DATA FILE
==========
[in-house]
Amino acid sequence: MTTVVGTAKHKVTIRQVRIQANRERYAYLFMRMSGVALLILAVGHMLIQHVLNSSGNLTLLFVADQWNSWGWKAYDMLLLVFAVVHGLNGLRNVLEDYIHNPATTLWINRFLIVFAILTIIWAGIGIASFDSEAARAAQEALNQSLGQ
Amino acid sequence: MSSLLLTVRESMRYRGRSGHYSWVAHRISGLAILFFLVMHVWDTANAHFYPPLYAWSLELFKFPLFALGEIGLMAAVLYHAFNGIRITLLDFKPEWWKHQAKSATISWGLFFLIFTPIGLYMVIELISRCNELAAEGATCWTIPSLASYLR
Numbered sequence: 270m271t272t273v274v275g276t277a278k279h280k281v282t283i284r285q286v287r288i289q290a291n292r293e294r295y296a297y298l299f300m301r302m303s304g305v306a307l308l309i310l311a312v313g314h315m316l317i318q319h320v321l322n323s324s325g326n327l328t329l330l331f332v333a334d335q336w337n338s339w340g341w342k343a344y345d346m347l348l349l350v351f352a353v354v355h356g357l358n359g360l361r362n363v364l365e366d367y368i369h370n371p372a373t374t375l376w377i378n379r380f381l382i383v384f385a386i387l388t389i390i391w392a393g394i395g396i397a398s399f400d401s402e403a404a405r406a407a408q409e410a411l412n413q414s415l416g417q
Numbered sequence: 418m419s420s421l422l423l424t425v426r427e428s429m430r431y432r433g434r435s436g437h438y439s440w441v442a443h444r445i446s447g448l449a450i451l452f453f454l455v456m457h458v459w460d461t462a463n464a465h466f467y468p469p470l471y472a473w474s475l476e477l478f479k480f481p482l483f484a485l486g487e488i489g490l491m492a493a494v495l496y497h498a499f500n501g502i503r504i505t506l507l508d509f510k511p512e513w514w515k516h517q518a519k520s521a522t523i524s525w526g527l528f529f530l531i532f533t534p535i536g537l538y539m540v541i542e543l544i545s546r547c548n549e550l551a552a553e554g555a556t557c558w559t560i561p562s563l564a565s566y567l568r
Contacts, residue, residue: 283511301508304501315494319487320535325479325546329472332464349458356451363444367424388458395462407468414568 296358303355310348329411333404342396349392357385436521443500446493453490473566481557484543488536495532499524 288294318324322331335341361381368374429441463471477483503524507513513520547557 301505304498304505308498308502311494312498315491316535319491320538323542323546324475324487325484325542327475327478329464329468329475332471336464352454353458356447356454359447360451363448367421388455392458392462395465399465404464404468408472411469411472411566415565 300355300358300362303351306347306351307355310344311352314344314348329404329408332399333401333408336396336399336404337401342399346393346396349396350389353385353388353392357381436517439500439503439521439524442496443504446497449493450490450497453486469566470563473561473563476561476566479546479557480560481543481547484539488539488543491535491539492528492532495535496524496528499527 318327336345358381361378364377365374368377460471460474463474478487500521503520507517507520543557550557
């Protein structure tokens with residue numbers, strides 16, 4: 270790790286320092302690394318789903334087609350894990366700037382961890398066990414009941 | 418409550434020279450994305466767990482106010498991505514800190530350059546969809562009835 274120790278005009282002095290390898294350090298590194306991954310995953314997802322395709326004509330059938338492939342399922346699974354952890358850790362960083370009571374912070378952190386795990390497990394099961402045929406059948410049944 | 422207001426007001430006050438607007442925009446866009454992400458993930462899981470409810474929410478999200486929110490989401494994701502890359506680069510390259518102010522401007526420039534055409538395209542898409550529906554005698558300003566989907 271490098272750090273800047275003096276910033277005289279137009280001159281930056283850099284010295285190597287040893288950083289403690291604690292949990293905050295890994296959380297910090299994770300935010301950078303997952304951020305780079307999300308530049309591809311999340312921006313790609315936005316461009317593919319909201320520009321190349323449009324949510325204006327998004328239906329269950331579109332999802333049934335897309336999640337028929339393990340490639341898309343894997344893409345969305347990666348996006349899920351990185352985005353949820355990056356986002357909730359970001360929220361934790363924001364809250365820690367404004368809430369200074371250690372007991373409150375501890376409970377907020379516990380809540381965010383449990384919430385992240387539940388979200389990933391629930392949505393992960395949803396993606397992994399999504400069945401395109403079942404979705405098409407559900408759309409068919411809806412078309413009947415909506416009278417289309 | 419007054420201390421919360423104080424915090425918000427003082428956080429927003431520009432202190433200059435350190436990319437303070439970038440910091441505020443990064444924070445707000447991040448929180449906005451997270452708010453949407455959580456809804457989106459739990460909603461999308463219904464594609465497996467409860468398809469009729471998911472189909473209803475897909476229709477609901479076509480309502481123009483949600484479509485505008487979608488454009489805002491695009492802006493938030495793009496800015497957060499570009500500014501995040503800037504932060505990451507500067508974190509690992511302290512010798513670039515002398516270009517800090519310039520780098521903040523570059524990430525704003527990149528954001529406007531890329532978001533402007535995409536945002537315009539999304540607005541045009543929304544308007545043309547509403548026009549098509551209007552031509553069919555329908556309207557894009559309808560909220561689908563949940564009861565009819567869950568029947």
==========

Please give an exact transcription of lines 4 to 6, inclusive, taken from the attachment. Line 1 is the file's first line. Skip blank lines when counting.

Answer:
Numbered sequence: 270m271t272t273v274v275g276t277a278k279h280k281v282t283i284r285q286v287r288i289q290a291n292r293e294r295y296a297y298l299f300m301r302m303s304g305v306a307l308l309i310l311a312v313g314h315m316l317i318q319h320v321l322n323s324s325g326n327l328t329l330l331f332v333a334d335q336w337n338s339w340g341w342k343a344y345d346m347l348l349l350v351f352a353v354v355h356g357l358n359g360l361r362n363v364l365e366d367y368i369h370n371p372a373t374t375l376w377i378n379r380f381l382i383v384f385a386i387l388t389i390i391w392a393g394i395g396i397a398s399f400d401s402e403a404a405r406a407a408q409e410a411l412n413q414s415l416g417q
Numbered sequence: 418m419s420s421l422l423l424t425v426r427e428s429m430r431y432r433g434r435s436g437h438y439s440w441v442a443h444r445i446s447g448l449a450i451l452f453f454l455v456m457h458v459w460d461t462a463n464a465h466f467y468p469p470l471y472a473w474s475l476e477l478f479k480f481p482l483f484a485l486g487e488i489g490l491m492a493a494v495l496y497h498a499f500n501g502i503r504i505t506l507l508d509f510k511p512e513w514w515k516h517q518a519k520s521a522t523i524s525w526g527l528f529f530l531i532f533t534p535i536g537l538y539m540v541i542e543l544i545s546r547c548n549e550l551a552a553e554g555a556t557c558w559t560i561p562s563l564a565s566y567l568r
Contacts, residue, residue: 283511301508304501315494319487320535325479325546329472332464349458356451363444367424388458395462407468414568 296358303355310348329411333404342396349392357385436521443500446493453490473566481557484543488536495532499524 288294318324322331335341361381368374429441463471477483503524507513513520547557 301505304498304505308498308502311494312498315491316535319491320538323542323546324475324487325484325542327475327478329464329468329475332471336464352454353458356447356454359447360451363448367421388455392458392462395465399465404464404468408472411469411472411566415565 300355300358300362303351306347306351307355310344311352314344314348329404329408332399333401333408336396336399336404337401342399346393346396349396350389353385353388353392357381436517439500439503439521439524442496443504446497449493450490450497453486469566470563473561473563476561476566479546479557480560481543481547484539488539488543491535491539492528492532495535496524496528499527 318327336345358381361378364377365374368377460471460474463474478487500521503520507517507520543557550557